but how often do people show up at a store and not find what they want? How often do a store's best customers end up on long lines? Which displays lead to sales? Many retailers are beginning to work with retail location companies that rely on the interaction between smart phones and in-store WiFi networks to generate anonymous analytics reports. their photos and their location.Retailers in general are eager for information about their customers so that they can better compete with online commerce and integrate their online sites and their stores. Every day consumers give apps access to their friends lists. their contacts. How do you position your business in this hyper-competitive environment? Different from a business plan. Others are experimenting with geo-fenced offers delivered via mobile apps. Loyalty cards add purchase history to the mix. a business maphelps you close the gap between where you are and where you want to be. Although online companies can track how users navigate their web sites and understand which ads or searches lead to transactions. interactive mannequins. as I have argued in the past. How can retailers get the data they want without creating a privacy firestorm? Lean in to it. Not every retailer can entertain like Disney. Some of these new technologies have already led to privacy push-back from consumers concerned about how they were being tracked or and unsure about how their data was being used. Data is no longer something to disclose in a privacy policy that is ignored. Data is now a feature that can be used for consumers and by consumers. Ask consumers for more data. which will likely be obsolete in five years. Provide some value and consumers will be pleased to provide the data needed. most physical retailers know very little about their customers. so that you can understand how to serve them better. . This is force #1 of the 7 Forces of Business Mastery: Know Where You Really Are and Create an Effective Business Map. Disruptive technologies or unexpected competitors can come along and displace your business overnight. digital signs that detect whether a shopper is male or female and smart scanners that provide relevant coupons. but all can try to delight their customers. Throw Out Your Business Plan and Create a Business Map The pace of change has accelerated to the point where a business plan is no longer enough to plot the future of your business with any certainty.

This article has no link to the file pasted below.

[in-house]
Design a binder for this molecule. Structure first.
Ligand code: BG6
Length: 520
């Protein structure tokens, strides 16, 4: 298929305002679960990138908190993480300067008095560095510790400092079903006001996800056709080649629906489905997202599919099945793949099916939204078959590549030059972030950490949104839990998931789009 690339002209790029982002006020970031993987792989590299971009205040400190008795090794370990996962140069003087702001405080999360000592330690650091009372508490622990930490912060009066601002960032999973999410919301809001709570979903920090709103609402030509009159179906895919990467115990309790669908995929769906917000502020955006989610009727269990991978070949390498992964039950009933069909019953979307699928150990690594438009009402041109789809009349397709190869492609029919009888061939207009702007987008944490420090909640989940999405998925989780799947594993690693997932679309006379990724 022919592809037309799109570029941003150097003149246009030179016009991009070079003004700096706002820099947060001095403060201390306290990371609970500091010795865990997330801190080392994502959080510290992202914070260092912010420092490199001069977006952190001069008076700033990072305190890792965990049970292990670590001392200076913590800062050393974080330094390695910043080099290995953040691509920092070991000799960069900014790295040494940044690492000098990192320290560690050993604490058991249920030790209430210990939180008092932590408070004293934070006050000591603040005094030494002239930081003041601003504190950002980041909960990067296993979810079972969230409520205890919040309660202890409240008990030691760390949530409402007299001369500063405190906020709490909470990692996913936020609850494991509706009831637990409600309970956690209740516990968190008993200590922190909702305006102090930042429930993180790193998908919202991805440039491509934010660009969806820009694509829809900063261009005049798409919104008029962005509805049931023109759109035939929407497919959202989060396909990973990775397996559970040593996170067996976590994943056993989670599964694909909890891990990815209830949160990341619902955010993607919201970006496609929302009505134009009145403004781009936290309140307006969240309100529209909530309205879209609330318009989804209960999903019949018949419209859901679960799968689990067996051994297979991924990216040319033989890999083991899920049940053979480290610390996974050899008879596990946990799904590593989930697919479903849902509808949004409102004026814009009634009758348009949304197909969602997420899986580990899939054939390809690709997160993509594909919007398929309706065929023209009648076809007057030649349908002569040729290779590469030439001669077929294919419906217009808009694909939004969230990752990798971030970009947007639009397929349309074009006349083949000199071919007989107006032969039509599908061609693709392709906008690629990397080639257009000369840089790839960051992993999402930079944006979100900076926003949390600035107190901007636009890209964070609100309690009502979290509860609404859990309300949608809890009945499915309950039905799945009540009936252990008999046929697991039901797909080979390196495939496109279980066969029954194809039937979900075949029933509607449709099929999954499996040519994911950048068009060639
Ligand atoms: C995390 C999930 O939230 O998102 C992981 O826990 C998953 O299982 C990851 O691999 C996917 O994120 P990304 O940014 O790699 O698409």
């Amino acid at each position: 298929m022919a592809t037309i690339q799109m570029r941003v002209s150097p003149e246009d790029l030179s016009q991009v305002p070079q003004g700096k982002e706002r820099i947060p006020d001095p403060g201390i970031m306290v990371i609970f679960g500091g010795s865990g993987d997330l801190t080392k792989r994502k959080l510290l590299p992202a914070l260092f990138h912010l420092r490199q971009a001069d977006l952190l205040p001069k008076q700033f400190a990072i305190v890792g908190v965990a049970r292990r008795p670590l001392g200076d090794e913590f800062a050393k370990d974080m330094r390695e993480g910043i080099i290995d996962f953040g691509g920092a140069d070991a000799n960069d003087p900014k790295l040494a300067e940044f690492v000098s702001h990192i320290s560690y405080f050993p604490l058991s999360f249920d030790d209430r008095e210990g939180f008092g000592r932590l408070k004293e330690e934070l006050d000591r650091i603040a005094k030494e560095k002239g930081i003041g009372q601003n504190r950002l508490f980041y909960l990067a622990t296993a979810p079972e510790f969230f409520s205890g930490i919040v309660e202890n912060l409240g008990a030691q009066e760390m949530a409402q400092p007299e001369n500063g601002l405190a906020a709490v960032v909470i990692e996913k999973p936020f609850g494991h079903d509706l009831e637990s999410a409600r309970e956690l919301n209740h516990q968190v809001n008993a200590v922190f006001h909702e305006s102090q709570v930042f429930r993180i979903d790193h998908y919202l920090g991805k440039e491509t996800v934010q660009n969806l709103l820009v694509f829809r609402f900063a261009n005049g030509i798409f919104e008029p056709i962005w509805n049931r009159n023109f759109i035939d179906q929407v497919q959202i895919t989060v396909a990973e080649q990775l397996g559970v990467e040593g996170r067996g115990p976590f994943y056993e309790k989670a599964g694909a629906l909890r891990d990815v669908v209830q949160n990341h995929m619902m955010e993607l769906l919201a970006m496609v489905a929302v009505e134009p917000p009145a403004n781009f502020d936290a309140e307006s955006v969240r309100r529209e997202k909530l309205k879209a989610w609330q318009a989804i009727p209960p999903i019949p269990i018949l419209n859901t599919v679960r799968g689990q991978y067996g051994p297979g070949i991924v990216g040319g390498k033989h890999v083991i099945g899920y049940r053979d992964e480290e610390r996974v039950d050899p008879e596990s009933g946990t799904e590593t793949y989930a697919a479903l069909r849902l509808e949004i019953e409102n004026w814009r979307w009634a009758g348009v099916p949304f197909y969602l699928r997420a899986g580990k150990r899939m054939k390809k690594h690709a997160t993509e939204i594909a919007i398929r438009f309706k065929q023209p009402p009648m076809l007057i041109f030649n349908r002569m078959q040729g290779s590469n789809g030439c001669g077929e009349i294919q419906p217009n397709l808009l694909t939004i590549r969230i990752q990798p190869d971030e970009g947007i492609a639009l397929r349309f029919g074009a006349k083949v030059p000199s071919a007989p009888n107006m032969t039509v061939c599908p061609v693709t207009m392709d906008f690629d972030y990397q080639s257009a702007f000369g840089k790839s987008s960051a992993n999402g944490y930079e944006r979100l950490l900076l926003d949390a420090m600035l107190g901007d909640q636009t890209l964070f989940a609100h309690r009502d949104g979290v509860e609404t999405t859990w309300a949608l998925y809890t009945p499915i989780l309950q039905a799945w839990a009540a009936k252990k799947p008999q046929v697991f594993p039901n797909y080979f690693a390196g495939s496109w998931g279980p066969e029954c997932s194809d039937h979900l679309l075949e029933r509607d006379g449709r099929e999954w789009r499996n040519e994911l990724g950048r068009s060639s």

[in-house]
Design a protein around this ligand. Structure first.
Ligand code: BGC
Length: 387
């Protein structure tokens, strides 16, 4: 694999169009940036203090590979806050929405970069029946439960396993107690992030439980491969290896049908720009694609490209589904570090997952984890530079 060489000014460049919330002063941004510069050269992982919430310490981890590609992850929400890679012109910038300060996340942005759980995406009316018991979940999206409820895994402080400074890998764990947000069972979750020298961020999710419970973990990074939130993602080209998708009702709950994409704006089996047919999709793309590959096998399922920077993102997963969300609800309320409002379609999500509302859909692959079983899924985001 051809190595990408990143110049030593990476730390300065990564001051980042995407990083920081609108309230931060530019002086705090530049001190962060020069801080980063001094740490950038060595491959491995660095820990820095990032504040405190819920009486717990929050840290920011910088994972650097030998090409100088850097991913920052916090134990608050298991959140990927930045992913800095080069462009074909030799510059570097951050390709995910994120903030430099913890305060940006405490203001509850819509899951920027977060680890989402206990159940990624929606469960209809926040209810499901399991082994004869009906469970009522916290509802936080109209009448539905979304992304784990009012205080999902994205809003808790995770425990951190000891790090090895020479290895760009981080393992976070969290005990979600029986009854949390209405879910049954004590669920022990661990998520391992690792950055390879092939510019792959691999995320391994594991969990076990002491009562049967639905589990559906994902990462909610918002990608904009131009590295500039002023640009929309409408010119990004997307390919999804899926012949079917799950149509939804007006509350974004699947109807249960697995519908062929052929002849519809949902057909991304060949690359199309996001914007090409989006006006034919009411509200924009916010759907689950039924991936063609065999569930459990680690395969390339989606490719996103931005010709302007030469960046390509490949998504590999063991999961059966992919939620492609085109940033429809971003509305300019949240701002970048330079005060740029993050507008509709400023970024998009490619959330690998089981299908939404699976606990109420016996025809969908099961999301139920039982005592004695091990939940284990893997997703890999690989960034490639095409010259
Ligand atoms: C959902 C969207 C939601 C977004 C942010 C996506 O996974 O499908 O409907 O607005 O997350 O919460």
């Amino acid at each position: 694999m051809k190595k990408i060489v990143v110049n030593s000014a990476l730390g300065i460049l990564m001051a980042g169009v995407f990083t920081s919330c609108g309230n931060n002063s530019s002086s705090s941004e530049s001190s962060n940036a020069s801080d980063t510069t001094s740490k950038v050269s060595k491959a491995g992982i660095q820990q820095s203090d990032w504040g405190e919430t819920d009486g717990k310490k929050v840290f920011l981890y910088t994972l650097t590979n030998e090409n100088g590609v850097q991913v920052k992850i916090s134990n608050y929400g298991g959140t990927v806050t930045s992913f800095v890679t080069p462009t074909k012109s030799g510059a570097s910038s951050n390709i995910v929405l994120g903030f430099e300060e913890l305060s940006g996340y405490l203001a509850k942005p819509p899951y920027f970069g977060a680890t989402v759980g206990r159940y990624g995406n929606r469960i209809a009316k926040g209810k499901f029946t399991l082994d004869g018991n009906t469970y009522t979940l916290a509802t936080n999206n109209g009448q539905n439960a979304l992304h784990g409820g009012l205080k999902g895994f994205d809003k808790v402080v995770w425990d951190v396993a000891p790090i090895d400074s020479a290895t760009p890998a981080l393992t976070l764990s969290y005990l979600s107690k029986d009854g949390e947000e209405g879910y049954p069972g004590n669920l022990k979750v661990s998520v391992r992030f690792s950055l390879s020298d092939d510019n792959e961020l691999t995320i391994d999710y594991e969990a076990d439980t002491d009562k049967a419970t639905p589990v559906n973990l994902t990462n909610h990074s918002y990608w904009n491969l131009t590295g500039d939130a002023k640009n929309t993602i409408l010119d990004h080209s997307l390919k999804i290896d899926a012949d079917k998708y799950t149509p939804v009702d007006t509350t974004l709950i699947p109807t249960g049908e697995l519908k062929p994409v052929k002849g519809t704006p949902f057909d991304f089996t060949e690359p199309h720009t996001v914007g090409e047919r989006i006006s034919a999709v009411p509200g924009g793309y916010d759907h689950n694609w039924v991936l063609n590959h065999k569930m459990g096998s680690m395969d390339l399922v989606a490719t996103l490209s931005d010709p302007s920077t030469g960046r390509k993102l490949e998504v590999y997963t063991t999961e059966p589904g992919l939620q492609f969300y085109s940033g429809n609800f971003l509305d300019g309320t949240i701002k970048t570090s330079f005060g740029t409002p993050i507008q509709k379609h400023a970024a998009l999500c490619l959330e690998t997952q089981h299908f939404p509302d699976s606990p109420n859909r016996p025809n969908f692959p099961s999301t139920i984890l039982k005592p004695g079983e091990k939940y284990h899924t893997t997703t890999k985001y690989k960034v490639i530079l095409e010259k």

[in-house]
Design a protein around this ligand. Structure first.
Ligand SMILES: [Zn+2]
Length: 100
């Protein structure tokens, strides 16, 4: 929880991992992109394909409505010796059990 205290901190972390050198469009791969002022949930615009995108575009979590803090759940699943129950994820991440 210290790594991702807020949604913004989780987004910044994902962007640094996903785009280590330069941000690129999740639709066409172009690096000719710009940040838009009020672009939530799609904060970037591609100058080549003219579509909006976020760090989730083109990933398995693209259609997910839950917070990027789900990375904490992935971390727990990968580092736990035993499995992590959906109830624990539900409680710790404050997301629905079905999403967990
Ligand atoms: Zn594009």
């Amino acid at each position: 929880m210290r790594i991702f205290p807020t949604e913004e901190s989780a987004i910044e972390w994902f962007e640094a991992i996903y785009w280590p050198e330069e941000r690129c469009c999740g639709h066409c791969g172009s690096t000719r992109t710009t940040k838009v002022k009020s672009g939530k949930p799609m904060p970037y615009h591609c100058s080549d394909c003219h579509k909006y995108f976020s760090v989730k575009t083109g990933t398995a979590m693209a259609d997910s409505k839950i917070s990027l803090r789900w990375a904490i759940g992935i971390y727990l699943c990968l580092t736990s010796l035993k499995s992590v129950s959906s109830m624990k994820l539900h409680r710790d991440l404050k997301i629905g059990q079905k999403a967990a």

and what it will take to get to where you want to be. and he will likely tell you about his trip to Italy. they could have prevented the entire industry from going bankrupt as the trucking industry took over. He knew his business was about creating an experience. Having a business map really means framing your business in terms that enable you to see opportunities (and threats) that you might otherwise overlook. not the railroad business. He saw the promise of a transitional meeting place between home and work. Cutting Your Frontline Sales Force Could Be a Huge Mistake . first ask yourself “What business am I in?” And then drill a little deeper. you‘ll understand what business you need to be in to become the dominant force in your market. what business is Starbucks in? Most people would say the coffee business. and you‘ll be better able to steer your organization in accordance with that vision. where he saw people eagerly meeting in cafes before and after work. and that was the seed that grew into Starbucks. For instance. The next two questions are: “What business am I really in?” and “How is business?” How is this useful? Back in the early 1900s. Knowing what business you‘re really in means having a deep and thorough understanding of your customer and the value they gain from you. Most important. You‘ll have more certainty about what your business needs to grow now. realized that they were really in the transportation business. if railroad companies in the U.To create an effective business map. But ask Starbucks CEO Howard Schultz.S. Once you really understand how to consistently offer more value than anyone else in your market. you‘re in a better position to identify where you are now. not just delivering coffee.